14 Adding a slider Some Future Directions in Social Simulation, Bruce Edmonds, ISS Course, 2011, slide 14 Right-click (Mac: crtl+click) on some empty space and select Slider In the dialogue that appears… type prob-of-move in the Global Variable space, 0.01 in the Increment space and 1 in the Maximum space, then clickOK.

15 Changing the code to use the prob-of-move setting Some Future Directions in Social Simulation, Bruce Edmonds, ISS Course, 2011, slide 15 Go back to the Code and go to the go procedure. Then delete the two semi- colons in front of the ;;if with- probability prob-of-moving [shift-randomly] statement to make it active. Then go back to the Interface, select a prob-of- move setting and re-run the simulation. Try different settings. Work out what is happening, looking back at the code if necessary.

16 Other things to try Go back to the code, activate the ;; if any? other turtles-here with [age < 10] [shift-randomly] statement by deleting the two semi-colons in front of it Add another slider to set number-of-people and change the code in the setup procedure to change the number of people created Add a statement to increase the age of others each simulation time click (using set age age + 1) Change the simulation so that there are only four colours (look at people-colours) and then the code so that (eventually) all agents of the same color end up in the same quadrant Can you change the simulation so that all agents (eventually) sort themselves into similar ages Right-click (Mac: crtl+click) on the world view, then select Edit… then change the settings for max-pxcor (the maximum patch x coordinate) and max-pycor to 2 then OK. Re-run the simulation and see what happens. Some Future Directions in Social Simulation, Bruce Edmonds, ISS Course, 2011, slide 16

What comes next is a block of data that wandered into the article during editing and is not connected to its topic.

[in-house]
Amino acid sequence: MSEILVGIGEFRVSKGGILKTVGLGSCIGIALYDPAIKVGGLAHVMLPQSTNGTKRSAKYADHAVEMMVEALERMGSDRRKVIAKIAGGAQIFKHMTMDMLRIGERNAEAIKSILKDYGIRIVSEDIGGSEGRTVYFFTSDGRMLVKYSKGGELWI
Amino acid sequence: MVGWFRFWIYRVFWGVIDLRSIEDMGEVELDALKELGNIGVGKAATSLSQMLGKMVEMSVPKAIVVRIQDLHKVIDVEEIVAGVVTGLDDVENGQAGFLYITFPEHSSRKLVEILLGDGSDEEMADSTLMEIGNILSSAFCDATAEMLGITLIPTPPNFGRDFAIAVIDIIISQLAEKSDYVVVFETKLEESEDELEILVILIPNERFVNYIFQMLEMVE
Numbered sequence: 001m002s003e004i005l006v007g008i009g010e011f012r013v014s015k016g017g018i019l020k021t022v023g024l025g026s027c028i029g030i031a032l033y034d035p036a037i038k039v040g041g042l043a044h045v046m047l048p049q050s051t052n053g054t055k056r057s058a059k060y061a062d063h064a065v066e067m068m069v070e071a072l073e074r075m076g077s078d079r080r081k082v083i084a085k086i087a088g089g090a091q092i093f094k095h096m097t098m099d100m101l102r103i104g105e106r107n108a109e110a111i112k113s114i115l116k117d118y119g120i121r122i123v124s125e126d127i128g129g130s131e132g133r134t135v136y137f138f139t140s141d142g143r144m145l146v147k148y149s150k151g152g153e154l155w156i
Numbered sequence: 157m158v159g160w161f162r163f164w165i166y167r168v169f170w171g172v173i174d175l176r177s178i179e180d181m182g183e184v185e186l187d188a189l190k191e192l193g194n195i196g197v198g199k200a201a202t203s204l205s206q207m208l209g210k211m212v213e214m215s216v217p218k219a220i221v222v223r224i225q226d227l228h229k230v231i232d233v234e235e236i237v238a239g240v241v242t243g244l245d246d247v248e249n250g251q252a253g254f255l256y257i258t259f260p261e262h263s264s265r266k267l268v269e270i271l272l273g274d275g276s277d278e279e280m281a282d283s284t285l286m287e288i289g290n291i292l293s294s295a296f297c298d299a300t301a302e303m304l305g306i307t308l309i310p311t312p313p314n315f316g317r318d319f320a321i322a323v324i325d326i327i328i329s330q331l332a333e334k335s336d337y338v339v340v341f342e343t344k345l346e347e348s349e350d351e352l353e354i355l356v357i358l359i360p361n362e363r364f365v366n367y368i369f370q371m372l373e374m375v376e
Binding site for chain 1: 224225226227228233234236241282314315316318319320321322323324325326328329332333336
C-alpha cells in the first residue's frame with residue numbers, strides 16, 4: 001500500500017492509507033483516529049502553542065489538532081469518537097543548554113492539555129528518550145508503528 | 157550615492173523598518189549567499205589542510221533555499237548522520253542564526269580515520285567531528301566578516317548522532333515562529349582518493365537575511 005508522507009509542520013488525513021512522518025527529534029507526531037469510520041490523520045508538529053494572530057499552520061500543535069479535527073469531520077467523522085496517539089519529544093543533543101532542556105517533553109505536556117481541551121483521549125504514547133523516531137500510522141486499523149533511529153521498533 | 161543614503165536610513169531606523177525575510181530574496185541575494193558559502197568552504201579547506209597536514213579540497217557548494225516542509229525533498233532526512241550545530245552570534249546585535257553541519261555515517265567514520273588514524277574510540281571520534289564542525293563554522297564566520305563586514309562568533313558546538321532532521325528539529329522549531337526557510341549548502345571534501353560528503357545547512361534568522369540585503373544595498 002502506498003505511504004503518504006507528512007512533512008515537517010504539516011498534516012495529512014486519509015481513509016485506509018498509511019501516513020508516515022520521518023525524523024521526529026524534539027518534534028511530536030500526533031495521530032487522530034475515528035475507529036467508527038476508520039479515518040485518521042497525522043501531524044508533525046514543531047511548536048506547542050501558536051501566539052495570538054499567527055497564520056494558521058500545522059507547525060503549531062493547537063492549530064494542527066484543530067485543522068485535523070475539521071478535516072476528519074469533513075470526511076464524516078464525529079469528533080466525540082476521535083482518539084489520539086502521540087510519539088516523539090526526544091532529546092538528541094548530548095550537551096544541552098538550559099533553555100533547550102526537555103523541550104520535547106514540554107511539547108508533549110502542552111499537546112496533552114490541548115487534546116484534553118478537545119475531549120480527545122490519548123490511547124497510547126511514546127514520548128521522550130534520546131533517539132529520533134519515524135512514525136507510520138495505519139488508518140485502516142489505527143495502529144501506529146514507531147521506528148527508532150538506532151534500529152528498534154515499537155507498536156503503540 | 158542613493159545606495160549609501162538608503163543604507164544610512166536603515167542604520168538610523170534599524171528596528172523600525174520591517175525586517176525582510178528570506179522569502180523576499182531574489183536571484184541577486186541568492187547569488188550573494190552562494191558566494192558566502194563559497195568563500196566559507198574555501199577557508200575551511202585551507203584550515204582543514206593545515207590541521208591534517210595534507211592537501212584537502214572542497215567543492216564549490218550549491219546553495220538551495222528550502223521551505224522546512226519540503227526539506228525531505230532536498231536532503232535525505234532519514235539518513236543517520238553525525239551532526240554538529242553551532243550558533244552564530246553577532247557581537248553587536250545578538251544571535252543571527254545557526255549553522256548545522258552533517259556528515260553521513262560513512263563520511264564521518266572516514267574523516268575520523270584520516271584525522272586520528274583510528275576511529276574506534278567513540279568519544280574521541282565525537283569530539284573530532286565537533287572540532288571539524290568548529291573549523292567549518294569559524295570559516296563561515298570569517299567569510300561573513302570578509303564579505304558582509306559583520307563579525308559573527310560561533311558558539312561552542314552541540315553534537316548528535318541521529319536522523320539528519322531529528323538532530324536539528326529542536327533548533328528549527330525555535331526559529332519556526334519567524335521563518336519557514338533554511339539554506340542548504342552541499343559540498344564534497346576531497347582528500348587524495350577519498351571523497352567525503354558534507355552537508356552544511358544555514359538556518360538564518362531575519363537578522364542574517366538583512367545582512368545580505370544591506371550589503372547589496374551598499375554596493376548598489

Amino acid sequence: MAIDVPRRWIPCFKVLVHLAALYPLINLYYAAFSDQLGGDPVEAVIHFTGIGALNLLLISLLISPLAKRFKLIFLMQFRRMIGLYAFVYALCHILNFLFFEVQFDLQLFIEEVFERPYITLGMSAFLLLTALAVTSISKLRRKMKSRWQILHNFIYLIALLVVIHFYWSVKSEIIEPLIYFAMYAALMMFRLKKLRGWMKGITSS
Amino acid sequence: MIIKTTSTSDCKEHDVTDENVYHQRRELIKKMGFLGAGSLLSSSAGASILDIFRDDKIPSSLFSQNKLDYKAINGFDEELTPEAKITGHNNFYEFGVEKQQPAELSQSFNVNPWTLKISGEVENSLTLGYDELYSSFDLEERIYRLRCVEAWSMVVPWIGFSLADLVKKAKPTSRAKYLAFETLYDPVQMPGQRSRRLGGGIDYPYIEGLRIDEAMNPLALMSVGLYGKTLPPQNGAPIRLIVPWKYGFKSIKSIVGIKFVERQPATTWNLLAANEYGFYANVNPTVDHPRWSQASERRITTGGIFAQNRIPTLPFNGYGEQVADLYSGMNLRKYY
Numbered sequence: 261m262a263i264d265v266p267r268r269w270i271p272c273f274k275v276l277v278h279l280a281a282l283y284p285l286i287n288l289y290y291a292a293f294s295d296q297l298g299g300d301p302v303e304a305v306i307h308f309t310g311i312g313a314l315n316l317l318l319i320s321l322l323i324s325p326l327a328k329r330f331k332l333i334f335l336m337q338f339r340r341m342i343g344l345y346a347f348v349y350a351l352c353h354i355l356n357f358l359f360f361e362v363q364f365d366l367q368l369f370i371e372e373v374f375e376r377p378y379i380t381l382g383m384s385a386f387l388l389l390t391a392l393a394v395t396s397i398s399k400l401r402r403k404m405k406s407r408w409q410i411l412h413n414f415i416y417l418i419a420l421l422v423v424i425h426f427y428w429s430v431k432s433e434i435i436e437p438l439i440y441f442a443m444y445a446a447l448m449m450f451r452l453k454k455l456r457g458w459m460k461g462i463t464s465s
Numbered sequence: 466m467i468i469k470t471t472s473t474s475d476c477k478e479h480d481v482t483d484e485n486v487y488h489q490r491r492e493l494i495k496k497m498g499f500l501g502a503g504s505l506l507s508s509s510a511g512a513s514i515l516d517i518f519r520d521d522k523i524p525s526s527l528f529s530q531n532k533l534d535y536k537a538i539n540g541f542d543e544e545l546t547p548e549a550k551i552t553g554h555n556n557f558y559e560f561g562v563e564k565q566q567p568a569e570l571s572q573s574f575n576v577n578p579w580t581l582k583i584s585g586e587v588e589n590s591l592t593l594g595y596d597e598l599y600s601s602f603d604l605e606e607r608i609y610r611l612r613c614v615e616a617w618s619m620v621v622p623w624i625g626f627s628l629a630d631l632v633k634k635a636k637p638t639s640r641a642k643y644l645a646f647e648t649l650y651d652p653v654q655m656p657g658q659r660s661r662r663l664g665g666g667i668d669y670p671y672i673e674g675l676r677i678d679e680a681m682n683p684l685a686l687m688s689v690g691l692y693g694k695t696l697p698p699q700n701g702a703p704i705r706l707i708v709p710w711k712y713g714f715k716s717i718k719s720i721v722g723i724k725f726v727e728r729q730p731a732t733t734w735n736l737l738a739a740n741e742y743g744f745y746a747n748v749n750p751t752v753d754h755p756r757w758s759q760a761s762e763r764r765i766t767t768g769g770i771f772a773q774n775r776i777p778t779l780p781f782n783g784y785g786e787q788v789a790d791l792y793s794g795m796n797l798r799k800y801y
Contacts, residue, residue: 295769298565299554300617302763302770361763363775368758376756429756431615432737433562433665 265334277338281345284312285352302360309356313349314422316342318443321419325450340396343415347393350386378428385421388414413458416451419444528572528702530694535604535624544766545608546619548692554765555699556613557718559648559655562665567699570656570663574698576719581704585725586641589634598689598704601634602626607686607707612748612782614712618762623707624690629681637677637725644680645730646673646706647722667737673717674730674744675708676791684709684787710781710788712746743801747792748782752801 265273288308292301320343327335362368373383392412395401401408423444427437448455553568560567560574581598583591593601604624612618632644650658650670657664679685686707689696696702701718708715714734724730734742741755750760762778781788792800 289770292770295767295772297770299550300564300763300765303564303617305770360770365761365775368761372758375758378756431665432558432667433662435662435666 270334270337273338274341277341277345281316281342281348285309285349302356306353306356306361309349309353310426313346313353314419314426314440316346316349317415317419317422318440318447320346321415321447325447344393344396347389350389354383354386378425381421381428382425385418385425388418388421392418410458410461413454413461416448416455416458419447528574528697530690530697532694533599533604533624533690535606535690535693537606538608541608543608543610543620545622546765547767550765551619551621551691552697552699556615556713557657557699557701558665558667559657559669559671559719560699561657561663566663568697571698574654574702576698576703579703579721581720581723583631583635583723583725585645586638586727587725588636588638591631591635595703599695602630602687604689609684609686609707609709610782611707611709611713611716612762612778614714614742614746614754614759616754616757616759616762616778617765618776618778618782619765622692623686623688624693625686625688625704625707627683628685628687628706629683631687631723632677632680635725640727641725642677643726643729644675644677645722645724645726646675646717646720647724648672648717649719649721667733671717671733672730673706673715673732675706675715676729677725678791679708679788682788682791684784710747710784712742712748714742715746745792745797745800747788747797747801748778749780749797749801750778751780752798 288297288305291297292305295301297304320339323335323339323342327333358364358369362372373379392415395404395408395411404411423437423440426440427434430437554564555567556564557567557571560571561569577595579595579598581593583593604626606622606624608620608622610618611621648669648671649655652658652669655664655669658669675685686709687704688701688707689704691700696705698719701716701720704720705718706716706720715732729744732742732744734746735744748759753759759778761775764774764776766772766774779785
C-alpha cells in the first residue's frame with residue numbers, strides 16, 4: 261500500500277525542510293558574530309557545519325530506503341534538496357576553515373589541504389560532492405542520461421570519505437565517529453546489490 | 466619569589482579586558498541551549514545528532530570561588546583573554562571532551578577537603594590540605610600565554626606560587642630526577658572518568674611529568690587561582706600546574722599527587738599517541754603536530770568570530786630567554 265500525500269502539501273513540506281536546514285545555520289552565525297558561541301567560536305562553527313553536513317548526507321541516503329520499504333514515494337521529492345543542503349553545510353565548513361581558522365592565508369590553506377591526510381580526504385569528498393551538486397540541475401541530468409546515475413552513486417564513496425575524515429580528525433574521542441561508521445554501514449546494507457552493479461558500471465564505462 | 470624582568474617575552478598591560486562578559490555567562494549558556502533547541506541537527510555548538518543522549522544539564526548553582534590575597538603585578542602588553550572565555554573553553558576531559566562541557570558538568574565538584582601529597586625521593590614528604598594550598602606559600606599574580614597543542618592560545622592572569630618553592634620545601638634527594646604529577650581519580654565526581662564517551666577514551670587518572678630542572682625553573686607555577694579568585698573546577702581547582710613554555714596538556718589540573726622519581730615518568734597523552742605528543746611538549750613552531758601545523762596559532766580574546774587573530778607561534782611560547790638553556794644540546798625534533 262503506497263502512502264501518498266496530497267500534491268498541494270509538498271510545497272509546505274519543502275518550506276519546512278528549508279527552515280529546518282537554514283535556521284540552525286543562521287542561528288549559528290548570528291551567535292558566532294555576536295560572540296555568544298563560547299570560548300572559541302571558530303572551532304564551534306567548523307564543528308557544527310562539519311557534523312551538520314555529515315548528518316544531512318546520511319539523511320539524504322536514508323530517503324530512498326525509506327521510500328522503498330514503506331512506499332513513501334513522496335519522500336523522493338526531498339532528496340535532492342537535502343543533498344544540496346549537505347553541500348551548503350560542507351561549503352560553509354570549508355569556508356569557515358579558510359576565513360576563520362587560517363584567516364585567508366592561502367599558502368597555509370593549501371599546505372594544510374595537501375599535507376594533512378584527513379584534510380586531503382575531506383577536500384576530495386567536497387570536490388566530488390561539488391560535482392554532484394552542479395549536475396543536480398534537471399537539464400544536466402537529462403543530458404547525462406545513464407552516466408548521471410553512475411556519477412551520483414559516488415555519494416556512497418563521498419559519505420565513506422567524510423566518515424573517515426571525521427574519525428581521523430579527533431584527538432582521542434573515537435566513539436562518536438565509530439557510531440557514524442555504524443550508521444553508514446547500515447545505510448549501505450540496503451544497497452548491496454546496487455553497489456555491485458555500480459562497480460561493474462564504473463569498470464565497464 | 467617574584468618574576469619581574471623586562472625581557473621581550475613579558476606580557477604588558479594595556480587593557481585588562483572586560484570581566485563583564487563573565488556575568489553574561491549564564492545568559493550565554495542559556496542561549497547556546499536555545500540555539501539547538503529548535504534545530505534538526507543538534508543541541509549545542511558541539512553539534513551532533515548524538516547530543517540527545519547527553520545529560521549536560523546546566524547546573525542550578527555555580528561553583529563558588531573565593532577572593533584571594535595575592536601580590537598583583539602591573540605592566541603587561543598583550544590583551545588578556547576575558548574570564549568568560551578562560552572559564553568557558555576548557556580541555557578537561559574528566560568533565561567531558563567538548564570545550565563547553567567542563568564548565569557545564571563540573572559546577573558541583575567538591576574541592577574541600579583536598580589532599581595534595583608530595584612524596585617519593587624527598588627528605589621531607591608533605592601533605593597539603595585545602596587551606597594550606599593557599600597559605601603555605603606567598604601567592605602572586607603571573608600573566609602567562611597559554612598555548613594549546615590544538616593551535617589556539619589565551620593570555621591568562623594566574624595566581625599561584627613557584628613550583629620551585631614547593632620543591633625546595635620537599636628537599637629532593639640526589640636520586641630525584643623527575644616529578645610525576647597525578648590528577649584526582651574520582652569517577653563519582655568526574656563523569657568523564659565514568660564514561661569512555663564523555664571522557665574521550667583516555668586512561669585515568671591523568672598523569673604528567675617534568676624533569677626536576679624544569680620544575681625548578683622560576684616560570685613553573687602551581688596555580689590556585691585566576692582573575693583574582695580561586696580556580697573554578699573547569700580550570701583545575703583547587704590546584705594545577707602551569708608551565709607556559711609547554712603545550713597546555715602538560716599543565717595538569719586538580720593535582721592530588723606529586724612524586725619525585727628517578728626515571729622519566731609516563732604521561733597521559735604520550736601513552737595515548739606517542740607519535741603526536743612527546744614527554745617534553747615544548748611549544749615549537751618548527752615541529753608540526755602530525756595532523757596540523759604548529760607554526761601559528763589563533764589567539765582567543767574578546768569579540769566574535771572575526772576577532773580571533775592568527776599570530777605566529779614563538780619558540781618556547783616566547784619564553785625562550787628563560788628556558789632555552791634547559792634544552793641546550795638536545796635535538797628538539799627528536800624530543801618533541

17 Reacting to other agents Reacting to and with other agents is at the core of most social ABMs Even simple mutual reaction can result in quite complex outcomes In simulations where it is hard to understand how the resultant patterns of the whole (the macro-level) come out of the behaviours of the agents (the micro-level) this is called emergence Some Future Directions in Social Simulation, Bruce Edmonds, ISS Course, 2011, slide 17

18 The End 2-Day Introduction to Agent-Based Modelling Centre for Policy Modelling Manchester Metropolitan University Business School Institute for Social Change Cathie Marsh Centre for Census and Survey Research University of Manchester